Vive Le Canada

Trudeau ‘risked sovereignty’
Date: Monday, February 05 2007

Trudeau ‘risked sovereignty’

Cruise missile testing showed how Canada kowtowed to U.S., Alberta author says

In August of 1982, U.S. military officials wanted to test conventionally armed cruise missiles — launched from U.S. naval vessels off the coast of New Brunswick — by bombarding CFB Gagetown’s artillery range. Years later, the Canadian government would actually approve the use of sea-launched cruise missile tests by the U.S. navy in Saint John’s harbour.

By the late 1980s, the U.S. was also planning to deploy 37 Mk-57 nuclear depth bombs on U.S. navy P-3 patrol aircraft to CFB Greenwood in times of heightened tensions.

Having said that, the reader gets a good sense of precisely where Just Dummies is coming from when John Clearwater — author, editor and military consultant — categorizes cruise missile testing in Canada as a textbook case of "how the Canadian government makes unpopular decisions, hides them from the public, makes justifications when secrets leak, and in the end does what needs to be done to keep the United States happy."

As one carefully goes through Just Dummies (a reference to the fact that the missiles would not be carrying actual nuclear warheads), it is striking just how much time and energy — at both the political and bureaucratic levels in Canada — was consumed by the sensitive issue of cruise missile testing. The sheer volume of meetings, memoranda, and diplomatic cables, which Clearwater deftly sprinkles throughout the text, is enough to make this reader wonder how our defence and foreign policy ministries had time for anything else.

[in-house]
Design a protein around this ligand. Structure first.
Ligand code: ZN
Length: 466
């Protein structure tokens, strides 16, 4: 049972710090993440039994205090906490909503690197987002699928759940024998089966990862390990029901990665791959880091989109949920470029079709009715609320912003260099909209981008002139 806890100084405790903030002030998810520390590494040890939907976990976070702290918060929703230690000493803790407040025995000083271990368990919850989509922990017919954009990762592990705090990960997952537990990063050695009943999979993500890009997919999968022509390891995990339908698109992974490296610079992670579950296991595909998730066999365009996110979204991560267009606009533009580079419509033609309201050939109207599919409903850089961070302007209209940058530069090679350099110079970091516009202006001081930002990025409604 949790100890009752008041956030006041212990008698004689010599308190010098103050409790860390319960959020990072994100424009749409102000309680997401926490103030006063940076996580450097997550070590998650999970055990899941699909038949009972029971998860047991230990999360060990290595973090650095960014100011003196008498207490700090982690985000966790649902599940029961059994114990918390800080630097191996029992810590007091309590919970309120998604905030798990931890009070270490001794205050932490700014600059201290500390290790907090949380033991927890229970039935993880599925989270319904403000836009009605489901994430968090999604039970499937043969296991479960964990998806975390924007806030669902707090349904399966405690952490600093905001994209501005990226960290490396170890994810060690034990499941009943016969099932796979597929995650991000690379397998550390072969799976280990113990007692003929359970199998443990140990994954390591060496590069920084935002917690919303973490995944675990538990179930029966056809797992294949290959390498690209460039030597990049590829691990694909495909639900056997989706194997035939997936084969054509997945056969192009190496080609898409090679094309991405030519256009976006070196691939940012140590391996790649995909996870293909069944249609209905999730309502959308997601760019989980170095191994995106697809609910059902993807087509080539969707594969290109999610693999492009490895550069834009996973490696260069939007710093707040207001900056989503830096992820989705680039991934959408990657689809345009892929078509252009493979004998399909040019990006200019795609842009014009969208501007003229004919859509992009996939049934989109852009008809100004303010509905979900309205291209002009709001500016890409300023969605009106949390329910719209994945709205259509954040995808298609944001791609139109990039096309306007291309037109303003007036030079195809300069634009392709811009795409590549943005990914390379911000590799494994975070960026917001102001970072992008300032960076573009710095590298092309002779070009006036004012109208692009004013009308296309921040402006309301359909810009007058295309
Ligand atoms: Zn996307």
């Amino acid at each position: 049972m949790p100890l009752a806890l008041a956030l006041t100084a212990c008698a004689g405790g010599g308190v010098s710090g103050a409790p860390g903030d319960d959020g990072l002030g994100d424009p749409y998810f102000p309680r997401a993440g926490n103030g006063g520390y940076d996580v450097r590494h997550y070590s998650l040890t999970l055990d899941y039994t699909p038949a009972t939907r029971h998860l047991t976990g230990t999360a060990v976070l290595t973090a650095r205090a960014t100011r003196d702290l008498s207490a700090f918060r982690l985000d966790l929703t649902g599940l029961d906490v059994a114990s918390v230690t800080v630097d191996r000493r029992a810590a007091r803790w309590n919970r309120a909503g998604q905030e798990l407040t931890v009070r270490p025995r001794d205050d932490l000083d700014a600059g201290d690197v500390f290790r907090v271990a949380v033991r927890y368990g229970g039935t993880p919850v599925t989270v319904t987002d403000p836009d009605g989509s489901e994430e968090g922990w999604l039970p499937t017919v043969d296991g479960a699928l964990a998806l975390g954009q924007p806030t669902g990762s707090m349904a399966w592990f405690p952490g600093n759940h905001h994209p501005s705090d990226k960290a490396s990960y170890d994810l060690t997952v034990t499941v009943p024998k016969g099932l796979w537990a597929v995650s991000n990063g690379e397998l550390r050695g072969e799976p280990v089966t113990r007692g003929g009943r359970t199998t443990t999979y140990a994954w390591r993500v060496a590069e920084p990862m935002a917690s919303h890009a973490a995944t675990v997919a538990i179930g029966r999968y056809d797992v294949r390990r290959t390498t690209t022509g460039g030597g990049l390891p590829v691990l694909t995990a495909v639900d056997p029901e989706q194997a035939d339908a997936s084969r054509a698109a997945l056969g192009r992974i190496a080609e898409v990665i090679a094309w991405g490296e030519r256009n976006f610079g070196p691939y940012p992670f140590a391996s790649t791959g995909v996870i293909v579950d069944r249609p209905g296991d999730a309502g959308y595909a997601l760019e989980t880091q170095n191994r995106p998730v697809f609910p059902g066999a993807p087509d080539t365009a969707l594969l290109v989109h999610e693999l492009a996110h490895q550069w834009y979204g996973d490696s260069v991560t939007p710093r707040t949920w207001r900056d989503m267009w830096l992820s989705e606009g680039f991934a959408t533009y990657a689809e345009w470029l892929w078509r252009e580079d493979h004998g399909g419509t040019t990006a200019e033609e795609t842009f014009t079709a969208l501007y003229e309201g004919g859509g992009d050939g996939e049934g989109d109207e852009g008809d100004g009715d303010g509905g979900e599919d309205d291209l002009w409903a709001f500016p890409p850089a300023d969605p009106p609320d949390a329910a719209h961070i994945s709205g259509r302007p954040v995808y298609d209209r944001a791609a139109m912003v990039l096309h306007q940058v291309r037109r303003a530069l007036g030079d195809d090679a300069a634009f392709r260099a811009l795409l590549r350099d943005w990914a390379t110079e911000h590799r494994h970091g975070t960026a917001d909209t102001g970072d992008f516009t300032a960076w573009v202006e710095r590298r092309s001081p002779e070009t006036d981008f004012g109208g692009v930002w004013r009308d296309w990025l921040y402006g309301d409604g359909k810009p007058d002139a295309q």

Interestingly, the Liberal government of Pierre Elliott Trudeau — he of the late 1970s "suffocation" strategy for nuclear weapons — made sure that the words cruise missile did not appear in any official document. Indeed, the Trudeau Liberals had no intention of telling the Canadian public about the cruise missile testing agreement, dubbed the Canada-U.S. Test and Evaluation Program.

After it was inadvertently leaked by official U.S. sources, the Trudeau government found itself with a full-blown public relations crisis on its hands. Prior to the first test taking place in March of 1984 (and ending in 1994), tens of thousands of Canadians took to the streets, Parliament Hill, and in front of government buildings to call for Ottawa to "Refuse the Cruise." One public opinion poll after another clearly illustrated the unflinching opposition to the agreement — with support for cruise missile testing in Canada never getting above 35 per cent.


This article comes from Vive Le Canada

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